The registry is physically stored in several files, which are generally obfuscated from the user-mode APIs used to manipulate the data inside the registry. Depending upon the version of Windows, there will be different files and different locations for these files, but they are all on the local machine. The location for system registry files in Windows NT is %SystemRoot%\System32\Config; the user-specific HKEY_CURRENT_USER user registry hive is stored in Ntuser.dat inside the user profile. There is one of these per user; if a user has a roaming profile, then this file will be copied to and from a server at logout and login respectively. A second user-specific registry file named UsrClass.dat contains COM registry entries and does not roam by default.
For instance, the administrator can create a policy with one set of registry settings for machines in the accounting department and policy with another (lock-down) set of registry settings for kiosk terminals in the visitors area. When a machine is moved from one scope to another (e.g. changing its name or moving it to another organizational unit), the correct policy is automatically applied. When a policy is changed it is automatically re-applied to all machines currently in its scope.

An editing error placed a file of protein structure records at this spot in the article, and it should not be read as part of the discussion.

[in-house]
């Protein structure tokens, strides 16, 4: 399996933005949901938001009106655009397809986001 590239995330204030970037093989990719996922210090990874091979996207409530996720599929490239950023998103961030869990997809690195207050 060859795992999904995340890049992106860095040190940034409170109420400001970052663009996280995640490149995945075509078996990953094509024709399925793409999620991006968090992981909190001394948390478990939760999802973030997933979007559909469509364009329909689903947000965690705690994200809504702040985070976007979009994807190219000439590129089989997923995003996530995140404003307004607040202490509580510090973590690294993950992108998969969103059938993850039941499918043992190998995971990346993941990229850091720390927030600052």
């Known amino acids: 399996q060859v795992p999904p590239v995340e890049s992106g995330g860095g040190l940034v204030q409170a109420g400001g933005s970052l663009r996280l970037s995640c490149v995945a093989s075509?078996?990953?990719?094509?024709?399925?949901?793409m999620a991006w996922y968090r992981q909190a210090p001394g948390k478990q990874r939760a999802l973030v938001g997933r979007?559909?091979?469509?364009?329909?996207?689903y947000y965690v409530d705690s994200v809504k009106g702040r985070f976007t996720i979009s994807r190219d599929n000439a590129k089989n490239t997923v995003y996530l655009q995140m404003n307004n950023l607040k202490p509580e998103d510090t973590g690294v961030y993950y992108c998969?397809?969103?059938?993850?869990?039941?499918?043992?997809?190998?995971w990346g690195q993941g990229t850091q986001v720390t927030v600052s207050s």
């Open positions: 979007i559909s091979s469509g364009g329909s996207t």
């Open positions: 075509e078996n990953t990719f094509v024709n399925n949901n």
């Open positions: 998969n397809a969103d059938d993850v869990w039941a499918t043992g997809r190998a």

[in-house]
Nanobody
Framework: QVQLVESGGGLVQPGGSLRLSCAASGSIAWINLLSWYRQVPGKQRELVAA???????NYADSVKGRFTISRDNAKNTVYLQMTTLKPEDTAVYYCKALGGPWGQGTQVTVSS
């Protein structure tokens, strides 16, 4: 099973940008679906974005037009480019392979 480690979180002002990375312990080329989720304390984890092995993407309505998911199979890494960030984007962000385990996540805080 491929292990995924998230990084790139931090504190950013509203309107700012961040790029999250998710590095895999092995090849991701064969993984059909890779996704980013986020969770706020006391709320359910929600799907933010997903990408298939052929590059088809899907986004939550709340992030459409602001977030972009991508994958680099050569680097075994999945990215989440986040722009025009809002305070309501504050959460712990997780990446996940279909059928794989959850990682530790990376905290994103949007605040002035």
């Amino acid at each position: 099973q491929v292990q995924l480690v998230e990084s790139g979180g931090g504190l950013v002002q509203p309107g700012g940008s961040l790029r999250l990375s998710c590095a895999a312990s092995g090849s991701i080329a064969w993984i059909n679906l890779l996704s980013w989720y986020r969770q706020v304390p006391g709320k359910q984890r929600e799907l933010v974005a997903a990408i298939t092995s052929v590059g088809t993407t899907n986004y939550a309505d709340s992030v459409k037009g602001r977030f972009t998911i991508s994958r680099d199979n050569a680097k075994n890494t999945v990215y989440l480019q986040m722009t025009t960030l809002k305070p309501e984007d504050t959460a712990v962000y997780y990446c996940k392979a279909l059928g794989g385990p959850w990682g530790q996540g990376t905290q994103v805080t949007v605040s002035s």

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Critics labeled the registry in Windows 95 a single point of failure, because re-installation of the operating system was required if the registry became corrupt. However, Windows NT uses transaction logs to protect against corruption during updates. Current versions of Windows use two levels of log files to ensure integrity even in the case of power failure or similar catastrophic events during database updates. Even in the case of a non-recoverable error, Windows can repair or re-initialize damaged registry entries during system boot.